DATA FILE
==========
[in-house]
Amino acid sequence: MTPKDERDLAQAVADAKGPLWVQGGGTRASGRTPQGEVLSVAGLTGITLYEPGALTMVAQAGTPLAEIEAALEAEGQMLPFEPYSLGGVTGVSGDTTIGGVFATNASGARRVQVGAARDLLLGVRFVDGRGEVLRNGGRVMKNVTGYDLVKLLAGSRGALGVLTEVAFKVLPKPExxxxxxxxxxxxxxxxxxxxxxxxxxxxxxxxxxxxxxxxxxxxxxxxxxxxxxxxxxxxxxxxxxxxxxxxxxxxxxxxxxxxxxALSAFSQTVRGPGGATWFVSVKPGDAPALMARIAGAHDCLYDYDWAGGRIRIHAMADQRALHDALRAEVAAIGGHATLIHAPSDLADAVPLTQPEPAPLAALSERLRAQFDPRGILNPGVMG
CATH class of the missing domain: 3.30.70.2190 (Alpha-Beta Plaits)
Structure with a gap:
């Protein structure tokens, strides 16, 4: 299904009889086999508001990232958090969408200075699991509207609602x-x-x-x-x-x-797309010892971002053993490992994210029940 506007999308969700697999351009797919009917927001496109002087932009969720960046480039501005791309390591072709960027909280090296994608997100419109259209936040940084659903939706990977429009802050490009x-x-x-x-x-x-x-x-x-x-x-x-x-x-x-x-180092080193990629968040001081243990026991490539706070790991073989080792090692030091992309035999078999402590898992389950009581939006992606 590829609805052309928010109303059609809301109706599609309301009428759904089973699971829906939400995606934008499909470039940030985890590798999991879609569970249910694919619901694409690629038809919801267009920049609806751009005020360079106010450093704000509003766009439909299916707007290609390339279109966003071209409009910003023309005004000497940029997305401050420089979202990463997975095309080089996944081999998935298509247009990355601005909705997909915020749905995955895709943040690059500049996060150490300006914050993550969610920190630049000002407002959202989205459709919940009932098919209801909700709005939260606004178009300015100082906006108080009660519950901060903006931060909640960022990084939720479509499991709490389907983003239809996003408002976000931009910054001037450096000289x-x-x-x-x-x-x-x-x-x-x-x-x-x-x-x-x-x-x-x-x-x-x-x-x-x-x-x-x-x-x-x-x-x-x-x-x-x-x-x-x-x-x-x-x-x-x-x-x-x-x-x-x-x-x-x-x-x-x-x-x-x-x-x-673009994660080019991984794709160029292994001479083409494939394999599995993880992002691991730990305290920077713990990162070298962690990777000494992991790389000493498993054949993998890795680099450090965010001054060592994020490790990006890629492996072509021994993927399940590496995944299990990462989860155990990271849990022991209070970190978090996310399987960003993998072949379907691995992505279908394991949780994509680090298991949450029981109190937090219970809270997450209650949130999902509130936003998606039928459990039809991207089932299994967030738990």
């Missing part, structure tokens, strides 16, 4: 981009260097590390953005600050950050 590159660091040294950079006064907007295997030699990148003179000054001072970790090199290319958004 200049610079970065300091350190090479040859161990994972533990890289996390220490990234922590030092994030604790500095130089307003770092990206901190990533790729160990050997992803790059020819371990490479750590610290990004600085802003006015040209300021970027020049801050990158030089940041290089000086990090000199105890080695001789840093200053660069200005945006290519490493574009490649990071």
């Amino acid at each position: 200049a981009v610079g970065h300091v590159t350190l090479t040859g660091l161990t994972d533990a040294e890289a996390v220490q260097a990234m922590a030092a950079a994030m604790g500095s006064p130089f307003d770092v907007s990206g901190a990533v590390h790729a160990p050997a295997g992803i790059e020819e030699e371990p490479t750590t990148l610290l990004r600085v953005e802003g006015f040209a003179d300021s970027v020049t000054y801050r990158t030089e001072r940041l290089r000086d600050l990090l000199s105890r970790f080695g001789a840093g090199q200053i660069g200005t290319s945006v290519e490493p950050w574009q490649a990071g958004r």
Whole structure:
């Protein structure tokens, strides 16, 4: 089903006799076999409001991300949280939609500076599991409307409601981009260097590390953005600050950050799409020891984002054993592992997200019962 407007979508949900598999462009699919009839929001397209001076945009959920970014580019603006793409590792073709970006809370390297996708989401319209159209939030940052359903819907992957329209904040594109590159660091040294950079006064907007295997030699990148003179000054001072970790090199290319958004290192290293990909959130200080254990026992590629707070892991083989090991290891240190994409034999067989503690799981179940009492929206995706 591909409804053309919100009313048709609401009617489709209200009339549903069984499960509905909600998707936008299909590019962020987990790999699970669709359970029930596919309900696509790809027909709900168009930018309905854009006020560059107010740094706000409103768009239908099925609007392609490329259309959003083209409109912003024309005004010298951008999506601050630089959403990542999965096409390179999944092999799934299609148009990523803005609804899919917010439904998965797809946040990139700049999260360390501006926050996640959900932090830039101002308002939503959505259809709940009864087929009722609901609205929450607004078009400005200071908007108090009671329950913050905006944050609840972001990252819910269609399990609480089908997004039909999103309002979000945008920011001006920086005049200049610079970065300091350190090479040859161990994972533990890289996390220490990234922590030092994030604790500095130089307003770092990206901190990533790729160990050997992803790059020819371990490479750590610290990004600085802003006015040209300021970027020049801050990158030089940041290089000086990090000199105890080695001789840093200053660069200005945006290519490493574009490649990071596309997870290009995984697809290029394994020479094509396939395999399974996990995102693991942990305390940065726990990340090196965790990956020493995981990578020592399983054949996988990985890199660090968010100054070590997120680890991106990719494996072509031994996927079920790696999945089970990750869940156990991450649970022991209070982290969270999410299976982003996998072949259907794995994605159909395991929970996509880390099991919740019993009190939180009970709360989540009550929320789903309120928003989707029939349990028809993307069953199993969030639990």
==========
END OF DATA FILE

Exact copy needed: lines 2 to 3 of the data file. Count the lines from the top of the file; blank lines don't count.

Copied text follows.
Amino acid sequence: MTPKDERDLAQAVADAKGPLWVQGGGTRASGRTPQGEVLSVAGLTGITLYEPGALTMVAQAGTPLAEIEAALEAEGQMLPFEPYSLGGVTGVSGDTTIGGVFATNASGARRVQVGAARDLLLGVRFVDGRGEVLRNGGRVMKNVTGYDLVKLLAGSRGALGVLTEVAFKVLPKPExxxxxxxxxxxxxxxxxxxxxxxxxxxxxxxxxxxxxxxxxxxxxxxxxxxxxxxxxxxxxxxxxxxxxxxxxxxxxxxxxxxxxxALSAFSQTVRGPGGATWFVSVKPGDAPALMARIAGAHDCLYDYDWAGGRIRIHAMADQRALHDALRAEVAAIGGHATLIHAPSDLADAVPLTQPEPAPLAALSERLRAQFDPRGILNPGVMG
CATH class of the missing domain: 3.30.70.2190 (Alpha-Beta Plaits)